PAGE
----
Scan Documents And Create PDFs With Your Phone

Scan documents and create PDFs with your phone

It has become easy to use your phone for quick scans and to create PDFs on the fly. Find an app to use and remember it when you get a receipt or document that should be scanned on the fly.

Each of the major cloud services – Microsoft OneDrive (Office Lens), Box (Box Capture), Dropbox, and Google Drive – has an app for scanning documents with the phone camera and storing the scans online. When you point your phone at a document, the app detects the edges of the document and crops out the background, then does magic to rotate it, correct the perspective if the phone was held at an angle, and adjust the lighting to make the scan crisp and bright.

Naturally there are differences between the various apps. For example, not all of them are available on both iOS and Android; at the moment, Box Capture and Dropbox are only available on iOS and Google Drive is only on Android. Another example: the next step after creating a PDF is to perform OCR so the text in the document can be searched later. Office Lens does OCR to every PDF. The Dropbox app only does OCR for Dropbox Business subscribers. Box Capture and Google Drive do not do OCR.

(Correction 07/11/2016: Dropbox scanning is also only available on iOS. Thanks to alert reader Roger Slimwood!)

Office Lens - document scanning for OneDrive

Microsoft released Office Lens last year. In some ways it’s the easiest and most full-featured of the apps. It’s available for both iOS and Android. Scans are saved to the Documents\Office Lens folder in either your personal or work OneDrive account. That requires you to figure out your credentials for your personal or business account with Microsoft and to know which OneDrive you’re going to use, which might be the most confusing thing about personal computing today; here’s the article that tries valiantly to explain it. Office Lens can also save pictures as JPGs; it can save images to OneNote; and it can convert the scan on the fly to Word’s .DOCX format for editing later. Here’s more info about Office Lens.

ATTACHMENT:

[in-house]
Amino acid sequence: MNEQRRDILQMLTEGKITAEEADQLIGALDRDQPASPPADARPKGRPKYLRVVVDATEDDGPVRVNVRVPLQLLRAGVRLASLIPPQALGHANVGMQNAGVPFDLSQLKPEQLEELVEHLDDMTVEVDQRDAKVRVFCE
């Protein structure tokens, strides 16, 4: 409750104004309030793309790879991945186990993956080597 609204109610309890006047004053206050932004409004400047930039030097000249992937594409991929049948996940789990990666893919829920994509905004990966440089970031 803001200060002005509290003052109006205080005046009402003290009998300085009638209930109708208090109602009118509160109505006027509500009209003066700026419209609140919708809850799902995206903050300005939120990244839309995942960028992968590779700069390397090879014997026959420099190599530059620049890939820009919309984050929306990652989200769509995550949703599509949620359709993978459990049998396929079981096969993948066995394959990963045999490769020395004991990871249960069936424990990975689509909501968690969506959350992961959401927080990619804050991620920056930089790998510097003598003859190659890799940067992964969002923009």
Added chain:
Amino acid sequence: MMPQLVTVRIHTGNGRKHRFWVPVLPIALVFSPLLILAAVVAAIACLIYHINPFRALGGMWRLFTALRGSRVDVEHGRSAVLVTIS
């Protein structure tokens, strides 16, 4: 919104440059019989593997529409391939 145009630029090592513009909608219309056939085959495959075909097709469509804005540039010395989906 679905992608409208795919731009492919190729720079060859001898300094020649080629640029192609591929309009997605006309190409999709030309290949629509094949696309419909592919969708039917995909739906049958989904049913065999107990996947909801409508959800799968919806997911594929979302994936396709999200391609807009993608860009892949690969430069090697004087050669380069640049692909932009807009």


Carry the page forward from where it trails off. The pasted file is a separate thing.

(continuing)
Box Capture - document scanning for Box users

Box Capture is an iOS app with features aimed at Box’s business users. It works like Office Lens and the other apps but it sends photos, video, and scans directly to Box online, without keeping a copy on the phone. Only people with access to the Box folder can see the photos or scans. That provides extra security for any business with confidentiality requirements. Here’s more info about Box Capture.

Dropbox - mobile app does document scans

Dropbox added document scanning to its iOS and Android app last month. Instructions are here, but the basics are easy: open Dropbox, tap the + (plus sign) button, and choose Scan Document. Like the other apps, you can take several pictures for a multi-page scan, you can edit or share the scan, and scans are saved directly to your Dropbox folders online.

Only Dropbox Business users will have OCR done on the scan to make it searchable. Like other tech companies, Dropbox is engaged in a frenzied quest for ways to squeeze more money out of its users, so it’s frustrating but no surprise that OCR is treated as an extra feature reserved for the most profitable customers. The other change announced by Dropbox last month has the same kind of passive aggressive edge: you will not be able to upload photos from your phone to Dropbox unless you have the Dropbox app installed on a computer. Not using Dropbox on a computer? You’ll have to upgrade to Dropbox Pro to keep uploading photos, at a  hefty $9.99/month for 1Tb of storage space. By way of comparison, $9.99/month will also buy 1Tb of storage space in OneDrive, along with five licenses for the full Microsoft Office suite of programs. Dropbox is a rock solid service with good security and fast performance, but I don’t really understand its pricing these days.

There are many other apps for scanning documents with a phone! You’re not required to use the apps that match your cloud storage service. Here’s a recent roundup of five scanning apps for iOS, for example, and a comparison of five more from last year. Most of them will connect to a number of the cloud services to save the scans. Scanbot, for example, connects to OneDrive, Box, Dropbox, and Google Drive, all in one inexpensive app. Pick an app and force yourself to use it on every receipt and document until it becomes a habit.